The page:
A. Bazzani, O. Bernardi, M. Brambilla, M. Capriotti, L. Cattelani, B. Giorgini, G. Melchiorre, S. Rambaldi, Servizi,
G. Turchetti, F. Zanlungo.
More information on www.fisicadellacitta.it
The city is certainly a complex object evolving in a non linear way. The urban
space-time topology is built up by the melting of aesthetics, biology, physics
and sociology, planning and information theory. Moreover in metropolitan
territories different citizen populations are mixing, sometime in an harmonic
way, sometime conflicting each other.
Since the 60s some mathematical models have tried to describe and/or to explain the urban systems evolutions. In some cases they hoped to be able to predict the effects of planning and/or of the urban transformations, economic, social ones etc.
The first models were statics and/or stationary, with equilibrium or quasi-equilibrium solutions.
One of the most important application of mathematical modelling was on road traffic. Generally it was modelled like an hydrodynamics flux or by Origin-Destination (O-D) matrices, where the origin and the destination are well determined and precisely known in time and spatially.
Obviously when the situation is rapidly evolving and higly dynamical by these models we can't obtain solutions fitting with the observed phenomena. Further the asystematic (brownian) mobility in principle can not dealt with the O-D matrices.
The exponential growth of computing power, the developing of the information theory (automatons and artificial intelligences) and the complex system physics can set up a tools collection for microscopic and dynamic modelling.
City Physics Group is working on a physical-mathematical model in order to study
the metropolitan mobility. This model is implemented on a computer giving birth
to Mobilis, a virtual system which is able to simulate the individual mobility,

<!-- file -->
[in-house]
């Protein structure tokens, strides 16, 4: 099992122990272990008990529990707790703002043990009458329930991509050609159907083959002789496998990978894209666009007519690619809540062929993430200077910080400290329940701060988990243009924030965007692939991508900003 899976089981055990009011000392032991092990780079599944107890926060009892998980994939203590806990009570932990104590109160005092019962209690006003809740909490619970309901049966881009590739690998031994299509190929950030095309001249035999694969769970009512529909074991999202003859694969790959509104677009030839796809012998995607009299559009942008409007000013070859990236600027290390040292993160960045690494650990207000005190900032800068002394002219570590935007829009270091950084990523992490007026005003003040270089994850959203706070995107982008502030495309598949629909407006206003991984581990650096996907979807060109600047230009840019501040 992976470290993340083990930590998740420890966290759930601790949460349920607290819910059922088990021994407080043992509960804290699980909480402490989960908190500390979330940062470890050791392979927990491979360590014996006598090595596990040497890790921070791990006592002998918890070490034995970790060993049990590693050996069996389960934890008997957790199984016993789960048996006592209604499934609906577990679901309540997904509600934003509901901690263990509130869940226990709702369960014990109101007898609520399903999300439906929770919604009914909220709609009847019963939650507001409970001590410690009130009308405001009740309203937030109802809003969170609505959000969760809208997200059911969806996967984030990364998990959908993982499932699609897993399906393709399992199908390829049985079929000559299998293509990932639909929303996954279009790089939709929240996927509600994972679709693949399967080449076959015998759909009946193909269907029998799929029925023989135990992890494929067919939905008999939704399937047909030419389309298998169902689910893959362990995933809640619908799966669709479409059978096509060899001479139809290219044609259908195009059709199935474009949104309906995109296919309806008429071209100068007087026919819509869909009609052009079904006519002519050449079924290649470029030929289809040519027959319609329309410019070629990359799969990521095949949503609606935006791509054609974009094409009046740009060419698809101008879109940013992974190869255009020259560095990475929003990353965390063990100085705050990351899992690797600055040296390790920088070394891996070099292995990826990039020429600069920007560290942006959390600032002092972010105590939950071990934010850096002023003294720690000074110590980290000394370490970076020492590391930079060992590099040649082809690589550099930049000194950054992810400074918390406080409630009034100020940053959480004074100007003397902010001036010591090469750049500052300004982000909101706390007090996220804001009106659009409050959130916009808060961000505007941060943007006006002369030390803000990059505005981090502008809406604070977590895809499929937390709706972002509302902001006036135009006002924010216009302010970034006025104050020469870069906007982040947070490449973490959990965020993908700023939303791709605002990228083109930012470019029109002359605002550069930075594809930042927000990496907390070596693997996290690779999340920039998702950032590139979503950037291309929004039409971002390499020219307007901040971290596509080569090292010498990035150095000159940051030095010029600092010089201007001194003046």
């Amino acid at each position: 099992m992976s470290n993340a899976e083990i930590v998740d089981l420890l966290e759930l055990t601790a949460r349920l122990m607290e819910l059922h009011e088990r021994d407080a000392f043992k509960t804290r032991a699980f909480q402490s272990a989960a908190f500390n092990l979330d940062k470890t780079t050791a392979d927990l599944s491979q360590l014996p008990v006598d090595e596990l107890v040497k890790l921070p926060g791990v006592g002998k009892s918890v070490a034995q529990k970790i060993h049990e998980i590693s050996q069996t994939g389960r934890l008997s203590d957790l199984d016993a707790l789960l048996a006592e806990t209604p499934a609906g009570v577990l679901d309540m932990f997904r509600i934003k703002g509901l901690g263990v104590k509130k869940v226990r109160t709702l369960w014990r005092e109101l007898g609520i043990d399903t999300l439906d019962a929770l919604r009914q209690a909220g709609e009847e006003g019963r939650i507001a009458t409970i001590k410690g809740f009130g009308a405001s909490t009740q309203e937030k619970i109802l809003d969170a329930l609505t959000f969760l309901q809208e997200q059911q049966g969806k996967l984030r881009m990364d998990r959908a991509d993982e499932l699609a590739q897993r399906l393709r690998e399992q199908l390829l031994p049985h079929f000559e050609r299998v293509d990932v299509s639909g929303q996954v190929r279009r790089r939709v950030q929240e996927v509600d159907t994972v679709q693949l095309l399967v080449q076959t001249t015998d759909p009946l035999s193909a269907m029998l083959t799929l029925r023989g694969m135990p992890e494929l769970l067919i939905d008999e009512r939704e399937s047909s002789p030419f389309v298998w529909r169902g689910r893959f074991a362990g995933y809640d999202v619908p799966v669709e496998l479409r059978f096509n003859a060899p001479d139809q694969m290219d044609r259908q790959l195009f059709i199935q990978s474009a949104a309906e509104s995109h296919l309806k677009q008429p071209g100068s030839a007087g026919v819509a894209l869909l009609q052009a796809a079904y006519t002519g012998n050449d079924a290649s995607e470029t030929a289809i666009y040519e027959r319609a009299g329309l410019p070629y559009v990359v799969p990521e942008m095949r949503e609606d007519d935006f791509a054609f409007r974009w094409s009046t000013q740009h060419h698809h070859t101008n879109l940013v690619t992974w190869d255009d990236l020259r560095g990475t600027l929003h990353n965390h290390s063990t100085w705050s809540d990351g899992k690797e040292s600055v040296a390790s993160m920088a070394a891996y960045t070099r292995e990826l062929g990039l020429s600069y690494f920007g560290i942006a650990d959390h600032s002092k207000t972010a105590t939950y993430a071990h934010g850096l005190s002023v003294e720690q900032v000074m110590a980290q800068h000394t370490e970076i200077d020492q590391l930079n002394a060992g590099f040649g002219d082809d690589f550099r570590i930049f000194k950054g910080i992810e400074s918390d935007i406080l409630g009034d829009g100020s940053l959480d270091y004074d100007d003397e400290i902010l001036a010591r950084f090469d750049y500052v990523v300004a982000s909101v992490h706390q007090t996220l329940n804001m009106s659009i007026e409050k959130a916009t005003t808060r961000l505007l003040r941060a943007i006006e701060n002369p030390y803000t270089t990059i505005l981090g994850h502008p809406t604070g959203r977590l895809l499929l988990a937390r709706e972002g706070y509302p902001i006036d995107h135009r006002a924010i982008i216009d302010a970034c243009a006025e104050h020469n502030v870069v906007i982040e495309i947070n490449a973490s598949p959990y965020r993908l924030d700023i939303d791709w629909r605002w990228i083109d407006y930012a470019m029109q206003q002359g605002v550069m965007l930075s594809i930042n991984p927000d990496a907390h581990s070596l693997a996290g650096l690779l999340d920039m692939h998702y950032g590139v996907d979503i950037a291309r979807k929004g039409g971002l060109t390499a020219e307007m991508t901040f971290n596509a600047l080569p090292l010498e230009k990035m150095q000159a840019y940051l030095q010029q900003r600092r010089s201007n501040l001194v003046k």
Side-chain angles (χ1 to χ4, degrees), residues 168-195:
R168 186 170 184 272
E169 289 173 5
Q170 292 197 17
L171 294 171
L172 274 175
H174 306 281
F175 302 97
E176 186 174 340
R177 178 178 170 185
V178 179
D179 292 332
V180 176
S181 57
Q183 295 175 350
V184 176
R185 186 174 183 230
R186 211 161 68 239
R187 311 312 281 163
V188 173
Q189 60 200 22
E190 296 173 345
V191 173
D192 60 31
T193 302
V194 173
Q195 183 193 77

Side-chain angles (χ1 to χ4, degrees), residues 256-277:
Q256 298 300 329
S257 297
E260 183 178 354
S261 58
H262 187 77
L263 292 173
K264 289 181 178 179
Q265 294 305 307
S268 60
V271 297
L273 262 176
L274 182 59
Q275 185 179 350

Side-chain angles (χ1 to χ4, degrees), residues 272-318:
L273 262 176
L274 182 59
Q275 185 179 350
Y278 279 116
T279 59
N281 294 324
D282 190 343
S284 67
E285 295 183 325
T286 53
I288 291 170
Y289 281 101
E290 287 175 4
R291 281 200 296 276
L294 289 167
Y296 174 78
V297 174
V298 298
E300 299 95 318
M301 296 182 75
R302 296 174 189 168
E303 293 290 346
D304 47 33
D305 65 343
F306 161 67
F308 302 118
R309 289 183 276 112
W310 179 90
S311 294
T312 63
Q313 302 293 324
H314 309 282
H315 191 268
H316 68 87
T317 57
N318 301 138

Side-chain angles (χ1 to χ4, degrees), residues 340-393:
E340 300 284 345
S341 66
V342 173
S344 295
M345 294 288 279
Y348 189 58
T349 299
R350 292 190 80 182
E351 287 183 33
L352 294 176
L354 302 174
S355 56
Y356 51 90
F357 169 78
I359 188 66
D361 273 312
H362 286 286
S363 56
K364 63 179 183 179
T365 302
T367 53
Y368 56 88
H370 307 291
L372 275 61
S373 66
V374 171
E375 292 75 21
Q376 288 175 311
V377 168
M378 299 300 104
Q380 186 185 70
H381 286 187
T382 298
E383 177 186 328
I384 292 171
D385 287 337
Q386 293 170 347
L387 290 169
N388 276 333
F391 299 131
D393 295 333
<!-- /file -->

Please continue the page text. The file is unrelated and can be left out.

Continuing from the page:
in particular the asystematic one:
a) in different scales from a pedestrian town centre to a metropolitan area (from few meters to many kilometres);
b) with different transport means (by foot, bike, public transportation, car, etc).
Until now Mobilis has been applied to:
1. the quarter of Les Halles in Paris during the collaboration with the RATP (Régie Autonome des Transports Parisiens) and the Politecnico di Milano (2002);
2.the town centre of Rimini during the collaboration with the Ordine degli Architetti e l'ufficio Mobilità del Comune, (pedestrian mobility and public transportation, 2003) ;
3.the campus of Milano-Bicocca University during the collaboration with the group of Sociology (Prof. Guido Martinotti) (pedestrian mobility and public transportation, 2004);
4.the train station of Rimini in agreement with Regione Emilia-Romagna, Agenzia TRAM and the collaboration with TrenItalia e RFI (pedestrian mobility and the interchanging transportation junctions, 2005 work in progress);
5.the Senigallia town in agreement with the town administration (private car mobility, public transports in the winter time and in the summer time when there is a strong presence of tourists and holiday makers, 2005 work in progress).
In all these cases the empirical data were in a good agreement with the simulation results.
We are talking about a set of elementary/individual components moving according
dynamics and statistical laws on an urban chronotopic topology. We define
"chronotopoi" the primigenius agent of the urban timing activity. For examples
University, Hospital, public offices, business centres, business farms ... .
The dynamics is divided into two main fields.
The first one is physics with forces (non Newtonian), interactions, energies, brownian movements, molecular kinematics etc.. In this case for one version of the model which is analytically solving, the mean field solutions are in good agreement with the simulations.
The second one is intentional/decisional dynamics and it is built up by the Bayes-de Finetti probability and by the Markov chains. The individuals are equipped by memory, information, vision. These properties constitute the "intelligence" of the system elementary component. The simulations show emerging self-organization structures and features. Finally we are studying the the von Neumann automata thermodynamics.